5. Unpronouncable character/place names. Again, this is very common in fantasy. I often find (when I start writing a review, for example), that I have no idea how a character’s name is pronounced, let alone spelled. Weird clusters of letters (Celaena? Celeana? Selena? – this is just the first one to come to mind, there are much worse ones out there) always make me question my knowledge of the English language – especially as it isn’t my mother tongue.
  6. Stupid character names. Daemon Black (from Obsidian). I think this says it all.
  7. Epic epicness. Again, fantasy. Whether it’s a world too full of natural wonders and ginormous buildings, or epic battles where thousands are slaughtered in a flood of blood, I just prefer my fantasy on a more… oh, I don’t know, subtle side. Think Robin Hobb (subtle) versus George R. R. Martin (often too epic for my taste).
  8. Readers/bloggers who have too many 5-star-rated books. I just don’t trust people who *looove* and *adore* and *ship* (Oh, man, this word. THIS WORD. It’s killing me.) every other novel they read. It’s just not possible for me to believe that they have such amazing luck in picking books (even if I haven’t actually read those books myself), so I have to assume their taste isn’t developed enough. I get excited about books, too. I flail. Just not that often. I know I’m being unfair, but there it is.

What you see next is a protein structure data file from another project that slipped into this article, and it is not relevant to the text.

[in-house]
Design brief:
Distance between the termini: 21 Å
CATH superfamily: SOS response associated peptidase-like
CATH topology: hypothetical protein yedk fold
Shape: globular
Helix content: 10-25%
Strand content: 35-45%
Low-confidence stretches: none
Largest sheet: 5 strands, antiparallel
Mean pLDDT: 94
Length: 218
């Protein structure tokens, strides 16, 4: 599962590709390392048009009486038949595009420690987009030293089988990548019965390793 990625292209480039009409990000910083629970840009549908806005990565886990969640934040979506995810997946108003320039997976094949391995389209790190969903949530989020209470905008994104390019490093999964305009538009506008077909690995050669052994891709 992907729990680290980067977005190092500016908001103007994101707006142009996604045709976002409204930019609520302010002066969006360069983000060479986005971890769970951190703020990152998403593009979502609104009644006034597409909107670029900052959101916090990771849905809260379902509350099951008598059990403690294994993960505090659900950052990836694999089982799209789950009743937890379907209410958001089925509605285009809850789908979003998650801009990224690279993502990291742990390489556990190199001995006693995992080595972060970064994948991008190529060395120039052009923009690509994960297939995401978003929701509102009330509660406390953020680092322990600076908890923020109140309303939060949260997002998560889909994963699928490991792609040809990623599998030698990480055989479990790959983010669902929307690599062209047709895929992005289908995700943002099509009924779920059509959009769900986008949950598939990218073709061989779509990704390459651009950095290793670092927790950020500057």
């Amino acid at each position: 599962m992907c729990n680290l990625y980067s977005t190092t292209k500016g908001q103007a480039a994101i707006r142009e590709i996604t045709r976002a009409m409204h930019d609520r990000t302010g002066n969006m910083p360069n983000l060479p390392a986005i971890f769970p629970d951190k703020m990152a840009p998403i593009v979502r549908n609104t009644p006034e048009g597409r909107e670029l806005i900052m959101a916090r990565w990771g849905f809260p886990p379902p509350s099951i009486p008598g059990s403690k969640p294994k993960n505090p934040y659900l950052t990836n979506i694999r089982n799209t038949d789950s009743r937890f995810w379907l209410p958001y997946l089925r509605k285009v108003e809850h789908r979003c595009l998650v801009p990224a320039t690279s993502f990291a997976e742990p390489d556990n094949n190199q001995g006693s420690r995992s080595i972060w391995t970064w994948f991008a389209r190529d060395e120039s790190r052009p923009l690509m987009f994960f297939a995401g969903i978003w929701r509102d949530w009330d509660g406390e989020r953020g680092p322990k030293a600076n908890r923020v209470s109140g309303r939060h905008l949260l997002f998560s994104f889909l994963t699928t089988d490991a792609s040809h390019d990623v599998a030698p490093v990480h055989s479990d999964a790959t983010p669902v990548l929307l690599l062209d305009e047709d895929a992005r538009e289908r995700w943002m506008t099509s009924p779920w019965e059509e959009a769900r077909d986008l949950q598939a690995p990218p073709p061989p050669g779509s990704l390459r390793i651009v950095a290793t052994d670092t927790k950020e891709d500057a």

9. People who underline things and write into library books. I use the library quite often, both for study books and for leisure reading, and I’ve come across ruined books in both cases. Those from the University library are often near to useless because of all the scribbles. I also came across some English books where people were underlining unknown words (let’s just say that their level of English did not match mine…). If I was a librarian, I’d check every returned book and ban scribblers from the library!!
  10. People who put drinks/food onto books. I often read when I eat, but I always take care that I don’t stain the books. But I once lent a book to my mother (gasp! She’s actually the one responsible for my love of reading but she’s not the neatest person out there.) and there was a clear coffee cup stain (you know, a brown ring) on one of the pages. I was livid, but what can you do?
  11. Gif-choked reviews. I don’t use gifs on my blog – they just don’t seem necessary. But I love a well-placed gif as they can bring home a point the blogger is trying to make in a surprisingly satisfying, non-verbal way. I especially like them if I know the reference (I usually don’t when it comes to Dr Who, for example). But reviews that look like this: “And then I was like [gif] because [gif], when he did this [gif], I just couldn’t believe it! [gif]” … Say it with words, please.